Commentary: Is International Basketball Worth The Risk?

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basketballIf you were lucky, and rich, enough to own an NBA team, would you want your star players to compete in international competition? NBA Commissioner Adam Silver has indicated his league will consider that question.

All of this discussion, and there has been a lot already, comes, of course, in the aftermath of the Paul George injury Friday night in the Team USA scrimmage in Las Vegas as the squad prepared for the World Cup of basketball.

George’s injury was particularly gruesome. After jumping to try to block a lay-up, his right foot slid under the basket standard, and his lower right leg snapped, a compound fracture. He has already had surgery, and he will probably miss all of the next NBA season.

Obviously, the primary concern is for George’s future health, but pro sports is nothing if not pragmatic. George is the Indiana Pacers best player, and the team recently signed him to a $92 million contract. In retrospect, I am sure Indiana would have preferred George not have been competing with Team USA.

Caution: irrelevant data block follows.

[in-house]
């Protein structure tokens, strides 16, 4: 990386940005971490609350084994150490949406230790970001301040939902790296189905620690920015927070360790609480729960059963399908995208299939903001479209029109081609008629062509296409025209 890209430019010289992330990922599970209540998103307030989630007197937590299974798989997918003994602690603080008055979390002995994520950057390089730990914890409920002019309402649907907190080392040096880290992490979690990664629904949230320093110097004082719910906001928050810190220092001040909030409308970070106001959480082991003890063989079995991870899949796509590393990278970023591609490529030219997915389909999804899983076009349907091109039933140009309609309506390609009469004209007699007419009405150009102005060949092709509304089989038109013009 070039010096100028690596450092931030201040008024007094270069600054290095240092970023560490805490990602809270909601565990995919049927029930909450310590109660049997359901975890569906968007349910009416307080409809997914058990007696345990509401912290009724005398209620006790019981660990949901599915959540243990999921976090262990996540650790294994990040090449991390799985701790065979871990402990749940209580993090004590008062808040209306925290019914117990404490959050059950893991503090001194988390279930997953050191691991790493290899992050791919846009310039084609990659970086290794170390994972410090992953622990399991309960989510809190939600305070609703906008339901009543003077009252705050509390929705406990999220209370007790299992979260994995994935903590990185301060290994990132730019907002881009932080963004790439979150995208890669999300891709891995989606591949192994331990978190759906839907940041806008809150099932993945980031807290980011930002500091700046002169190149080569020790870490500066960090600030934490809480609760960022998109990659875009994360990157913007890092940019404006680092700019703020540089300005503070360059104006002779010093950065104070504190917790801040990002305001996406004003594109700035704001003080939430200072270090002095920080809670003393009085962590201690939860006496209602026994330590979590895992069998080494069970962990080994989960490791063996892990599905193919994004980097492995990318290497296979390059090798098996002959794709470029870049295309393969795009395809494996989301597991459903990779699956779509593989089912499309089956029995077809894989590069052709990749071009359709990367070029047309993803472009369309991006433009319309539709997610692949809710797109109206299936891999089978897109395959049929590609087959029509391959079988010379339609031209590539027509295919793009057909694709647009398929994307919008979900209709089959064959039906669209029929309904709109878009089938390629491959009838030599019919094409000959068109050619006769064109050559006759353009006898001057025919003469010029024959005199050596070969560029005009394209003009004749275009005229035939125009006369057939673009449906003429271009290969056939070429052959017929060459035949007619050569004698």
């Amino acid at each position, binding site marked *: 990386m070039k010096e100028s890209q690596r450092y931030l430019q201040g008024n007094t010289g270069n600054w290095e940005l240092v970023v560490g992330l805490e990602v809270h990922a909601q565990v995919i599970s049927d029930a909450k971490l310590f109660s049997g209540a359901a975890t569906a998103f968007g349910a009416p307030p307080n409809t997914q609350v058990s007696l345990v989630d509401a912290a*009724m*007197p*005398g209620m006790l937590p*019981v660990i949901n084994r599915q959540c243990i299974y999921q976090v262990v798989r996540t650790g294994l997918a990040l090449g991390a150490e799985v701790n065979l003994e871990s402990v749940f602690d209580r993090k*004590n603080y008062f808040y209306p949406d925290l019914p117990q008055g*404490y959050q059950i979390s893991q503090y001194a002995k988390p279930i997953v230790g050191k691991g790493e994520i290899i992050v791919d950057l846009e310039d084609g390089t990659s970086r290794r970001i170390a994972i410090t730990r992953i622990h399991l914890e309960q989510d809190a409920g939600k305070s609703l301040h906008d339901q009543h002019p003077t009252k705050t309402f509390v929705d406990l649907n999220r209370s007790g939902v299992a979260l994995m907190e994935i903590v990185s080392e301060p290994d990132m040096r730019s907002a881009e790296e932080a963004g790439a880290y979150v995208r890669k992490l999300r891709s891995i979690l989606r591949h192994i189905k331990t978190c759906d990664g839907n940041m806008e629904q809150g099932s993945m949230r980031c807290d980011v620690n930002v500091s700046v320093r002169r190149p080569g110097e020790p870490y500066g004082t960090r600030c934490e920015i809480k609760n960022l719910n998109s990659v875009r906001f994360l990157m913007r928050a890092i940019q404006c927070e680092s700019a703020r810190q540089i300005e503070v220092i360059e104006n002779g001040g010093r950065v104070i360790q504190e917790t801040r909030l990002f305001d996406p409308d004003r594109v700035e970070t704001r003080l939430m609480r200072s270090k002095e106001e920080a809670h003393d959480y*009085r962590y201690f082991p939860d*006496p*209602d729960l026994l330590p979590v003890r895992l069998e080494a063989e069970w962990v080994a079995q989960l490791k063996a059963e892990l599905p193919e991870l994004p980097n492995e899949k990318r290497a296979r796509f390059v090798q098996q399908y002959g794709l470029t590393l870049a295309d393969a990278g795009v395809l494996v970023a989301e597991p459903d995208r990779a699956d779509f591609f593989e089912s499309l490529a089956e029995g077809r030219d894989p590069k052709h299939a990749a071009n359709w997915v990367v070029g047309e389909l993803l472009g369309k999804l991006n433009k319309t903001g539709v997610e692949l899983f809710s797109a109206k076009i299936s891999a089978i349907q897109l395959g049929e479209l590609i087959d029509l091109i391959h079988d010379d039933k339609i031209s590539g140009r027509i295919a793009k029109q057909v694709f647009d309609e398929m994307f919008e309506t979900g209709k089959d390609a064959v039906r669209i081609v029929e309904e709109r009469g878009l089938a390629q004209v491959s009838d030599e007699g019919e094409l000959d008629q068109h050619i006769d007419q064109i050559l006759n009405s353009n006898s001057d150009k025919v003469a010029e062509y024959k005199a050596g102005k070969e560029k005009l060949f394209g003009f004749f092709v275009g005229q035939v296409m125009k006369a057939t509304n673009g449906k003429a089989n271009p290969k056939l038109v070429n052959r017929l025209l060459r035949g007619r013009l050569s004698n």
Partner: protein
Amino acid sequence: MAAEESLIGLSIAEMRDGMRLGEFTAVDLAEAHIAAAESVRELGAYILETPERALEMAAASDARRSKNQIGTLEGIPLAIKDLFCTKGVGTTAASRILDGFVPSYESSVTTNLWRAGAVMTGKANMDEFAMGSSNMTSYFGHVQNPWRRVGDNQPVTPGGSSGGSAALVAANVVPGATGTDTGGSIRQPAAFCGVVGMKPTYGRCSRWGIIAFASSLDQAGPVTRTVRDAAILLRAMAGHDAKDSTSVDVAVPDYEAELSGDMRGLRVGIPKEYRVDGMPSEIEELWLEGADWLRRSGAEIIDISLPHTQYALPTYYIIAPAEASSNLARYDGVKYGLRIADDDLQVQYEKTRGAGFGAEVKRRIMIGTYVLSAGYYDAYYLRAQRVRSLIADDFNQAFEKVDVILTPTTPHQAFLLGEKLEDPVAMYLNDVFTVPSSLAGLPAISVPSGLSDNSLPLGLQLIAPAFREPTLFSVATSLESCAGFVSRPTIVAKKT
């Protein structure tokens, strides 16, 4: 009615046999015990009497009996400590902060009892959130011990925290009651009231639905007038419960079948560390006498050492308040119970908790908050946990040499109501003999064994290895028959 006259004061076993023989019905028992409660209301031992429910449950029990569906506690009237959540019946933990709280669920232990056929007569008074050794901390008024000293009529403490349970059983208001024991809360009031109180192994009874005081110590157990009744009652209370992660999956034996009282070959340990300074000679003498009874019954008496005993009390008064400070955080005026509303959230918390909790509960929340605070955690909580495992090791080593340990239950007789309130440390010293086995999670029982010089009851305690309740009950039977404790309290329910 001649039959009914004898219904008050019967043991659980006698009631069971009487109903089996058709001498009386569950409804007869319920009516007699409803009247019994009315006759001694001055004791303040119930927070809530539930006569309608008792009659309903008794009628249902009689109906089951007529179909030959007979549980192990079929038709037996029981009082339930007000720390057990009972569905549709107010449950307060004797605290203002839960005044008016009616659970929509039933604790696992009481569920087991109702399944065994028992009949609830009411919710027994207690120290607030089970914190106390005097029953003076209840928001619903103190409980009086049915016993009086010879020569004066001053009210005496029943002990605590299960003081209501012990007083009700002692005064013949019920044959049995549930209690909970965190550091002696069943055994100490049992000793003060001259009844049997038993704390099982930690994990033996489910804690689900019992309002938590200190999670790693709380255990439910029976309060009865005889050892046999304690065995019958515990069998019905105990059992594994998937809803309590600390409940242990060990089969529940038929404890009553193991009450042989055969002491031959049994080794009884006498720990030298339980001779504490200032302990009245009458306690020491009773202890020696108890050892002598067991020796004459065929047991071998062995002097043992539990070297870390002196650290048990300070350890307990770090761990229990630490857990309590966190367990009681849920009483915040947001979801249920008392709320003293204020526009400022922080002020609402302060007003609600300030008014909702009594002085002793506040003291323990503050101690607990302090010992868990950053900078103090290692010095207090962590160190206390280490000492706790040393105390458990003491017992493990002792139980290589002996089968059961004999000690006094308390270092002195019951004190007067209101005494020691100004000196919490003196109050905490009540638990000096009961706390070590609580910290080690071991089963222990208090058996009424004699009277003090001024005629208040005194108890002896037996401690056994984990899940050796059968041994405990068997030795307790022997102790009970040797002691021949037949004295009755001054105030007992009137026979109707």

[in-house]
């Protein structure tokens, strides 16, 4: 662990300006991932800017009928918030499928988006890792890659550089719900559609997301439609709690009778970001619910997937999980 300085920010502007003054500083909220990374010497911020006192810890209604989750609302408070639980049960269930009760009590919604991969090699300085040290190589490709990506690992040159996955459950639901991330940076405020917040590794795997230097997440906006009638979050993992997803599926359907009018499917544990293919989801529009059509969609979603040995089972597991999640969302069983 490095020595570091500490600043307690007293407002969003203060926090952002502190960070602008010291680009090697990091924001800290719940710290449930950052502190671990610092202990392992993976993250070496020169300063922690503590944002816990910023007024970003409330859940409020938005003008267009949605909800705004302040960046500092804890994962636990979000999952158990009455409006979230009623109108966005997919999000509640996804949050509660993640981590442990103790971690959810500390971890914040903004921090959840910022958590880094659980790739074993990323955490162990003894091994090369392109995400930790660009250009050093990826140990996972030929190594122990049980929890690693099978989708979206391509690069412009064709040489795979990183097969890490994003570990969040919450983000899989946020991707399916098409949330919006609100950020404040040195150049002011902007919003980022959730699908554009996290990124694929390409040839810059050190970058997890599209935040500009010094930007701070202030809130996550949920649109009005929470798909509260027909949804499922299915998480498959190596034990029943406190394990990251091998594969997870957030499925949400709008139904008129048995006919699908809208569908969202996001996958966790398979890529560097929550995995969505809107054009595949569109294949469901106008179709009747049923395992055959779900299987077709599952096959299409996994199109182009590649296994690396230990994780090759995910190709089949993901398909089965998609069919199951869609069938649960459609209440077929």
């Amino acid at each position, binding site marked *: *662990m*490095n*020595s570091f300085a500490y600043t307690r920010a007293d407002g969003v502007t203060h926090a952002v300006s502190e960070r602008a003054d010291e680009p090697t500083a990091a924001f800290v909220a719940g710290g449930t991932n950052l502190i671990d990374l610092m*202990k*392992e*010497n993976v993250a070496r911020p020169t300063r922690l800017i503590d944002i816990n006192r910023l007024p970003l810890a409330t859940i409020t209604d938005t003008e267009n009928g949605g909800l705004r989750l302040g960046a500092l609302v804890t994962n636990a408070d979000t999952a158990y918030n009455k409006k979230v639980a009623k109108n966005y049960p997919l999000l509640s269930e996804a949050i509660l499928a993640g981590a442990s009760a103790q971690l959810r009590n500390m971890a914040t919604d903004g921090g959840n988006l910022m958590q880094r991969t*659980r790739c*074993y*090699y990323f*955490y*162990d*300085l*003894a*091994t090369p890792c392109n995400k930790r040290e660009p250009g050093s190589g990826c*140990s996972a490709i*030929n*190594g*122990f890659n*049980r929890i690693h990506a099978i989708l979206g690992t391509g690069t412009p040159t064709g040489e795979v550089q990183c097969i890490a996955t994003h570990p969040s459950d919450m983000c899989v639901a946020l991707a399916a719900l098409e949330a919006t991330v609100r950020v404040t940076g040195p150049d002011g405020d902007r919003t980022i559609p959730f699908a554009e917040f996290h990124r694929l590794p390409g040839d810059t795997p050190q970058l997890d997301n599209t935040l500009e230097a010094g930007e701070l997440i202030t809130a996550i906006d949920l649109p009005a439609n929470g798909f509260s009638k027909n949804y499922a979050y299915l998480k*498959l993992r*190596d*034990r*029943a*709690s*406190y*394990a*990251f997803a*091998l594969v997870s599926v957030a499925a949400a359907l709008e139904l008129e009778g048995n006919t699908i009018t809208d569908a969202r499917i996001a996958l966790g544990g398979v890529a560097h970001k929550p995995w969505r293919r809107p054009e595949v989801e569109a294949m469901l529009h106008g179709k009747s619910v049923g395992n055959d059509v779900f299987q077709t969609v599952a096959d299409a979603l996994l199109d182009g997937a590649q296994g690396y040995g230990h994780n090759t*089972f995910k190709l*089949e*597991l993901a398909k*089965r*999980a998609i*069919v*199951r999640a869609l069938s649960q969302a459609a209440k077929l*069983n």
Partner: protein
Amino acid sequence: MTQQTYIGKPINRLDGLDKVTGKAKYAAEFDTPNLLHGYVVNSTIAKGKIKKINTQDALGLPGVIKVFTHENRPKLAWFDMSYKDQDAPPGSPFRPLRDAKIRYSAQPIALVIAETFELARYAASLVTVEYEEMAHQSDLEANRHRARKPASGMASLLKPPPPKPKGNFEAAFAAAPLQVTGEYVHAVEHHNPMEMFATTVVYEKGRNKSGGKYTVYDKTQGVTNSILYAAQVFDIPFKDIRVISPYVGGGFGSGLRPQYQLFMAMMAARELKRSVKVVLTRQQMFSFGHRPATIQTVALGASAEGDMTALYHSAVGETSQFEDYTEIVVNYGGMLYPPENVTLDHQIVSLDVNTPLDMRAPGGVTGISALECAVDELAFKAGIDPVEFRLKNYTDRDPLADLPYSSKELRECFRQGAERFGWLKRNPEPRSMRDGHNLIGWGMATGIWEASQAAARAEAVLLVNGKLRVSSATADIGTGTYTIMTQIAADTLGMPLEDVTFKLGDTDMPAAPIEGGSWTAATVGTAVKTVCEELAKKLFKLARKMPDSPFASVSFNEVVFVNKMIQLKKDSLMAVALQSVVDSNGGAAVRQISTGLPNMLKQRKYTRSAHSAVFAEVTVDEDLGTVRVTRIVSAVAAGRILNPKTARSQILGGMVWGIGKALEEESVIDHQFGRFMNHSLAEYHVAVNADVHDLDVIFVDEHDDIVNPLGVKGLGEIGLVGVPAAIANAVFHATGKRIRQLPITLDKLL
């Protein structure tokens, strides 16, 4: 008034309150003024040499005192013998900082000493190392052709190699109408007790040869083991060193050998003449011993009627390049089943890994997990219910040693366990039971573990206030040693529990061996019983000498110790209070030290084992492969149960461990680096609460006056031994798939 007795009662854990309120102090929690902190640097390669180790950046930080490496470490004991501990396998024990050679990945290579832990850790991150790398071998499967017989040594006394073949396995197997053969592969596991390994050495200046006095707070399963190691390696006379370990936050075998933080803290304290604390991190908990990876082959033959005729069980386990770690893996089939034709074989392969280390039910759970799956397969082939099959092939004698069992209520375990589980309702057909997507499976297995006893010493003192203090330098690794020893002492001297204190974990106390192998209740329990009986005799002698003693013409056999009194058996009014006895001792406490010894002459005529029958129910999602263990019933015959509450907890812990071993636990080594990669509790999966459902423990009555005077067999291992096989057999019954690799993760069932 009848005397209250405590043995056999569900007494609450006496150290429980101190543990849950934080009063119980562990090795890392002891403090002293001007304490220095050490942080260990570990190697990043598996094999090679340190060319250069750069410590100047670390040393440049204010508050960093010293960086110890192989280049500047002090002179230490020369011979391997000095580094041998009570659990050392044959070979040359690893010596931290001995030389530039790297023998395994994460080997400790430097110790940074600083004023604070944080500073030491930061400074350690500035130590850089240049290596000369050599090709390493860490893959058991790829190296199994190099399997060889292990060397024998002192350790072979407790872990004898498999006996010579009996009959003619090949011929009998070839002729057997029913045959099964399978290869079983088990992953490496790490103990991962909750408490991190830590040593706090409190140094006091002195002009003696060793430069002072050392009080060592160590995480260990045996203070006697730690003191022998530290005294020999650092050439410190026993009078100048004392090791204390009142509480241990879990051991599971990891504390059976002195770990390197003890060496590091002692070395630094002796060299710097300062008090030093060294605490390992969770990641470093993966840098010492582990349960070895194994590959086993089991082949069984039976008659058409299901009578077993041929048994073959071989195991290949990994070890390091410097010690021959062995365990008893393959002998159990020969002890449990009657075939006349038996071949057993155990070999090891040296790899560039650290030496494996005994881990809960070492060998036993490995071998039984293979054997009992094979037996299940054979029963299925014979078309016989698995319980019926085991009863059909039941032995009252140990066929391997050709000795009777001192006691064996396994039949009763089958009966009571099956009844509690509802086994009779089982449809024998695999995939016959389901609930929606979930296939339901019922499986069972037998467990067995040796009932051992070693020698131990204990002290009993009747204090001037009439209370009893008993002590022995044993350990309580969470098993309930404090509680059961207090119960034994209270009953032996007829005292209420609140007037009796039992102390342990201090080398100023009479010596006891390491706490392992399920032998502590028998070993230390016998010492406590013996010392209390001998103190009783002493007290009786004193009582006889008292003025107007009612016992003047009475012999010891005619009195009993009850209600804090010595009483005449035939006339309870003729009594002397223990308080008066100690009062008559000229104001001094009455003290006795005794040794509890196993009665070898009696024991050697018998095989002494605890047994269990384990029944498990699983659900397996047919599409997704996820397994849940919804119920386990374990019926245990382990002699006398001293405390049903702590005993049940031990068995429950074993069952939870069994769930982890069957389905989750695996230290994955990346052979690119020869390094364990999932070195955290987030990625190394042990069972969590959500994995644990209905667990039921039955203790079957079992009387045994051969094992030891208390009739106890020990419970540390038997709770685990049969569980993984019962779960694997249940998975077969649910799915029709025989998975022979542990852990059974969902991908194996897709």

Some owners, the Dallas Mavericks Mark Cuban for one, have long been skeptical about players competing outside of the NBA. Other NBA executives, like Pacers President Larry Bird, point out the George injury could have happened anywhere, at anytime.

Plus, there is definitely a positive side to the NBA “lending” it’s players to international basketball. Its players have benefited, as have NBA teams and the game, in general. Players improve (DeMarcus Cousins of the Kings is an example), bettering their NBA teams at the same time, and it is easy to understand how the popularity of international basketball competition like the Olympics, has improved the interest and quality of the game in much of the world.

And to Bird’s point, if NBA players are denied the right to play for Team USA because of the possibility of injury, should they also be denied playing in charity exhibitions and pick-up games at the gyms where they work out in the off-season?

As Bird noted, injuries can happen anywhere. Still, the Pacers are losing their best player, throwing their entire season into question, and tens of millions of dollars because of what happened Friday night. I think NBA team owners have to be concerned.

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